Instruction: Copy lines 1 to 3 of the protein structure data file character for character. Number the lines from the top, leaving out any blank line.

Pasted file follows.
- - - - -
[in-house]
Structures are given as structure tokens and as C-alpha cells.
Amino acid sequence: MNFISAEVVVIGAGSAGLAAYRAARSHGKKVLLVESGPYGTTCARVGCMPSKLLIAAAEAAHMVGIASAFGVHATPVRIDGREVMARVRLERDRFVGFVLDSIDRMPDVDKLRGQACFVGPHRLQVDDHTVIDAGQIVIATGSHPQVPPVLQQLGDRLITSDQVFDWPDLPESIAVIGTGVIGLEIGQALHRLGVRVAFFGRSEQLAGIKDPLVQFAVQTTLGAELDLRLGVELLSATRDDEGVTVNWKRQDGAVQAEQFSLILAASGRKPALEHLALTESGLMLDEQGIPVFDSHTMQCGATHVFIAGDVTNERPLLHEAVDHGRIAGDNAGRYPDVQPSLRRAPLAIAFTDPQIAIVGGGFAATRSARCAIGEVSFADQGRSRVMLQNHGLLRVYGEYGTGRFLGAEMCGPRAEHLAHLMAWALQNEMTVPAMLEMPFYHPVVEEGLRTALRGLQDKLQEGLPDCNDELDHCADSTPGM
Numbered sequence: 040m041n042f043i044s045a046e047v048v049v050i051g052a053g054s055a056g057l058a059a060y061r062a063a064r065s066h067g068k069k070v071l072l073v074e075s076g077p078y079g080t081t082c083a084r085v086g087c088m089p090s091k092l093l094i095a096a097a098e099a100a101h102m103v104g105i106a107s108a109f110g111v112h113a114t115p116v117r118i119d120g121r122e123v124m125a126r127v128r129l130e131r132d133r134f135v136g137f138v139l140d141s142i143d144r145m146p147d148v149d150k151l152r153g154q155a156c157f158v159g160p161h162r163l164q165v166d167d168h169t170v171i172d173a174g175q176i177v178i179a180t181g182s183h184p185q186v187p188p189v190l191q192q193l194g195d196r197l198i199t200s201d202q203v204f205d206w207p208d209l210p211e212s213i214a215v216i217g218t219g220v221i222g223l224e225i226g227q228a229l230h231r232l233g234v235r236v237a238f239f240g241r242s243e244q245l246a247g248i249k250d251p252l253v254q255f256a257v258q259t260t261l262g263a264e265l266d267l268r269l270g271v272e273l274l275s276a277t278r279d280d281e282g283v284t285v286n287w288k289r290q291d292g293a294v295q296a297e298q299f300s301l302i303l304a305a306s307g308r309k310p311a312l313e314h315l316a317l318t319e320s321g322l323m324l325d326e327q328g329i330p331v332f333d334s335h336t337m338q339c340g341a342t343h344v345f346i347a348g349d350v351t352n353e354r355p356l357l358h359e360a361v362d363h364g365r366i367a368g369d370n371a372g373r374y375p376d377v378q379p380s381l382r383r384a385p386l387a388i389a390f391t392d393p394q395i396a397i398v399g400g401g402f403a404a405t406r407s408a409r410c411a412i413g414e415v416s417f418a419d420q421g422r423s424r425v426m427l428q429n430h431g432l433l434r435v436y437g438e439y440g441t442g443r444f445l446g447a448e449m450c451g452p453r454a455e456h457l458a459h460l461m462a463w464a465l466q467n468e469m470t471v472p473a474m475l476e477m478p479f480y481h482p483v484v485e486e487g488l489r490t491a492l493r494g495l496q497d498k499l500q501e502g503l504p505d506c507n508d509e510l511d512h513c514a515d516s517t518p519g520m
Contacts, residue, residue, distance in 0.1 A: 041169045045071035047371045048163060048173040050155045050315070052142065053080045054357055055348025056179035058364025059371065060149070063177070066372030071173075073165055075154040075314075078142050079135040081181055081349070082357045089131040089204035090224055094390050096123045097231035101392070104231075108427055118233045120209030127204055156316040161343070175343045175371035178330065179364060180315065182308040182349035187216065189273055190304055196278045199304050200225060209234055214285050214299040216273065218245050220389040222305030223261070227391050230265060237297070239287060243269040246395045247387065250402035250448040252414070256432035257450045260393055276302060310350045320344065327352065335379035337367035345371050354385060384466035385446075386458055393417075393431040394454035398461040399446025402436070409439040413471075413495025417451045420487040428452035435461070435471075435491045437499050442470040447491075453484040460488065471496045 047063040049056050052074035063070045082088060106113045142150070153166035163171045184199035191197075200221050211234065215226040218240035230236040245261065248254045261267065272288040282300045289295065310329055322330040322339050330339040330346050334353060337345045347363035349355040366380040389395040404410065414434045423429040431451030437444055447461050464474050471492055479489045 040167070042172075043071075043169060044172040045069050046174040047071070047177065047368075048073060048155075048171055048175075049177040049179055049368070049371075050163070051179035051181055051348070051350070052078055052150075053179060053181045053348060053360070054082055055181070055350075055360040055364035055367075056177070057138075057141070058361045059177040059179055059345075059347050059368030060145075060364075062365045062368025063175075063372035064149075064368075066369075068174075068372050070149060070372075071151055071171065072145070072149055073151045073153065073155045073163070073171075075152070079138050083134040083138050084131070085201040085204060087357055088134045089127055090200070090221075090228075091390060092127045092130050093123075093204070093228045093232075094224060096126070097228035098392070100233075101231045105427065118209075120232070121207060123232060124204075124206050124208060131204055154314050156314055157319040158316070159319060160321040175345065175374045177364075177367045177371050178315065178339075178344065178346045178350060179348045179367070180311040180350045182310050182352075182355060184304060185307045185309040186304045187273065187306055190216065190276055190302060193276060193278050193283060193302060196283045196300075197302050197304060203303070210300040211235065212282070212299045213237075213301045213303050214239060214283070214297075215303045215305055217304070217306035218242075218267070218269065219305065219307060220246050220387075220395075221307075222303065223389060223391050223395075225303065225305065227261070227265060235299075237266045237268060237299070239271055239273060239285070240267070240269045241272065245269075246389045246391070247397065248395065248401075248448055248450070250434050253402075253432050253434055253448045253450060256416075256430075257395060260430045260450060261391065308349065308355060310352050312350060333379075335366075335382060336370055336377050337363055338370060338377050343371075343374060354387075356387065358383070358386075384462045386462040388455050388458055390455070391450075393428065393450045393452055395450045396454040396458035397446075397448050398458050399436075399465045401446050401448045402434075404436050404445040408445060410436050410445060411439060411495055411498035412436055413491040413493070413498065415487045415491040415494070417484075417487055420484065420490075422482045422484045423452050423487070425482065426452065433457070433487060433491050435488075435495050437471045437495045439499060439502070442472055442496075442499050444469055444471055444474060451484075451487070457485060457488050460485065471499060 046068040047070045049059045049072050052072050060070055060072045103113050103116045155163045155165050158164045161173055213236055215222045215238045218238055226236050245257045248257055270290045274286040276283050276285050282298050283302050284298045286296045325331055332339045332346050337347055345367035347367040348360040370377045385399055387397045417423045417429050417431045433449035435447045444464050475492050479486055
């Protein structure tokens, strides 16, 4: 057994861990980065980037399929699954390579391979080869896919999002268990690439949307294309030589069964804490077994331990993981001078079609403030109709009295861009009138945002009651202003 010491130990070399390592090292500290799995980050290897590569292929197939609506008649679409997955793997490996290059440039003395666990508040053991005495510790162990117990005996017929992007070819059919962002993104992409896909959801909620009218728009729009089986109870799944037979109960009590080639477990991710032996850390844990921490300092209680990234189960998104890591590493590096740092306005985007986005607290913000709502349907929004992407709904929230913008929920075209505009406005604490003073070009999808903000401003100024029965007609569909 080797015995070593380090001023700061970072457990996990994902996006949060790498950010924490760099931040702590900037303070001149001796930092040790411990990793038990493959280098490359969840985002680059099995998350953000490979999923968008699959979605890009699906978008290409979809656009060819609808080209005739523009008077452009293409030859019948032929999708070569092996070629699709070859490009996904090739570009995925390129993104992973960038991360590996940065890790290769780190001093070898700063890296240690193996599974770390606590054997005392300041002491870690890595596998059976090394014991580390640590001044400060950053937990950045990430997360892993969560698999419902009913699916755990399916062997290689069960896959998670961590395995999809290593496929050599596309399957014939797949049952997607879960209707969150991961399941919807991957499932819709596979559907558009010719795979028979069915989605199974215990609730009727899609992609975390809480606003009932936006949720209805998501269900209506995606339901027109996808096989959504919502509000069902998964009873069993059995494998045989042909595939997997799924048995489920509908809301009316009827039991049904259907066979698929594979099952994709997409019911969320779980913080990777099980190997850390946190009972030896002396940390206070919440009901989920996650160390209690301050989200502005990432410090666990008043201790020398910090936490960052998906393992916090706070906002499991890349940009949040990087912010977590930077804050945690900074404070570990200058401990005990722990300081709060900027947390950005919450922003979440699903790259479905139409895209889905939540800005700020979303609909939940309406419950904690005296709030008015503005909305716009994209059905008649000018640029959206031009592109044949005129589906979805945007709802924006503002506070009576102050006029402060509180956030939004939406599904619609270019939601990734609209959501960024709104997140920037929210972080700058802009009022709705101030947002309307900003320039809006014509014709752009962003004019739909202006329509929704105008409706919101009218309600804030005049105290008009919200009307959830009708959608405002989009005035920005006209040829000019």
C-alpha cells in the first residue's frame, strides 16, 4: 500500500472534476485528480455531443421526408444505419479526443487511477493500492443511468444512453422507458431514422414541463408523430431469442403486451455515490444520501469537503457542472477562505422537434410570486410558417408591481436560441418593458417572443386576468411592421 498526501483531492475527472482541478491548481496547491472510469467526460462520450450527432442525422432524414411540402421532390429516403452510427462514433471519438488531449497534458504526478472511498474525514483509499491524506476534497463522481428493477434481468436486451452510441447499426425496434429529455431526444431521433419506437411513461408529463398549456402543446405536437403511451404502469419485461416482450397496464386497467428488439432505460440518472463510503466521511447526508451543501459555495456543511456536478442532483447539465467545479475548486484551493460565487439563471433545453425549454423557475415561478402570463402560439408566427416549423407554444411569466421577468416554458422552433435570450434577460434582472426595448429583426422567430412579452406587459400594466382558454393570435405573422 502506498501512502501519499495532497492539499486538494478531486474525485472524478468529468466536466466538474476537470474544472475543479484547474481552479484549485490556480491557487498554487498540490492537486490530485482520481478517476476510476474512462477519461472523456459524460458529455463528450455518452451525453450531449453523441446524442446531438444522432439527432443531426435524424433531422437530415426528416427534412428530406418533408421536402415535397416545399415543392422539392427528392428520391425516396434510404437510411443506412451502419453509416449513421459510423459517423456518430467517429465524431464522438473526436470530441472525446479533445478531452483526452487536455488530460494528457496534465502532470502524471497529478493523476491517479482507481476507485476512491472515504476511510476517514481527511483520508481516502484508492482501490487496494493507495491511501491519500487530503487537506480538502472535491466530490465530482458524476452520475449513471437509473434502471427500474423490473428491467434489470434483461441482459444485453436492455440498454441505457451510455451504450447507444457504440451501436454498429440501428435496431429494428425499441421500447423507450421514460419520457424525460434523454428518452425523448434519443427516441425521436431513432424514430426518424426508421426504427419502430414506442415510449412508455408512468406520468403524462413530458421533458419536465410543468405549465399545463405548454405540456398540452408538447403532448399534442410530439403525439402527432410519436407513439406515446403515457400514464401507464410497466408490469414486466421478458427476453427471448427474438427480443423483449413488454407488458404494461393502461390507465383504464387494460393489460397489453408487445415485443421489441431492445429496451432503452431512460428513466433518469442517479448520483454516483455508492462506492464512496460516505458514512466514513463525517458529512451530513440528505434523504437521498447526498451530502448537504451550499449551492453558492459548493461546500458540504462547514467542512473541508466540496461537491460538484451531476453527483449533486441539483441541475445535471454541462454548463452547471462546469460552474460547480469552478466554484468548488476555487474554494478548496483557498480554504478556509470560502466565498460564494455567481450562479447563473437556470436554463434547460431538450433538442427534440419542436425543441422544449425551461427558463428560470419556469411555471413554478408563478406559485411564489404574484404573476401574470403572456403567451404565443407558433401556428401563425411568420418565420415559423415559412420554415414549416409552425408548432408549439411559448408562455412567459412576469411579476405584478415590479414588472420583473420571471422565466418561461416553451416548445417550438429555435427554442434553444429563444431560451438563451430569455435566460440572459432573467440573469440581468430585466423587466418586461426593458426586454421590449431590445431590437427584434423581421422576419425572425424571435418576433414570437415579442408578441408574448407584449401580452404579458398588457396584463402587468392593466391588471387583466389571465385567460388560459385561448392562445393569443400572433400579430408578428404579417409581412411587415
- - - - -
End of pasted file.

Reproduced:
[in-house]
Structures are given as structure tokens and as C-alpha cells.
Amino acid sequence: MNFISAEVVVIGAGSAGLAAYRAARSHGKKVLLVESGPYGTTCARVGCMPSKLLIAAAEAAHMVGIASAFGVHATPVRIDGREVMARVRLERDRFVGFVLDSIDRMPDVDKLRGQACFVGPHRLQVDDHTVIDAGQIVIATGSHPQVPPVLQQLGDRLITSDQVFDWPDLPESIAVIGTGVIGLEIGQALHRLGVRVAFFGRSEQLAGIKDPLVQFAVQTTLGAELDLRLGVELLSATRDDEGVTVNWKRQDGAVQAEQFSLILAASGRKPALEHLALTESGLMLDEQGIPVFDSHTMQCGATHVFIAGDVTNERPLLHEAVDHGRIAGDNAGRYPDVQPSLRRAPLAIAFTDPQIAIVGGGFAATRSARCAIGEVSFADQGRSRVMLQNHGLLRVYGEYGTGRFLGAEMCGPRAEHLAHLMAWALQNEMTVPAMLEMPFYHPVVEEGLRTALRGLQDKLQEGLPDCNDELDHCADSTPGM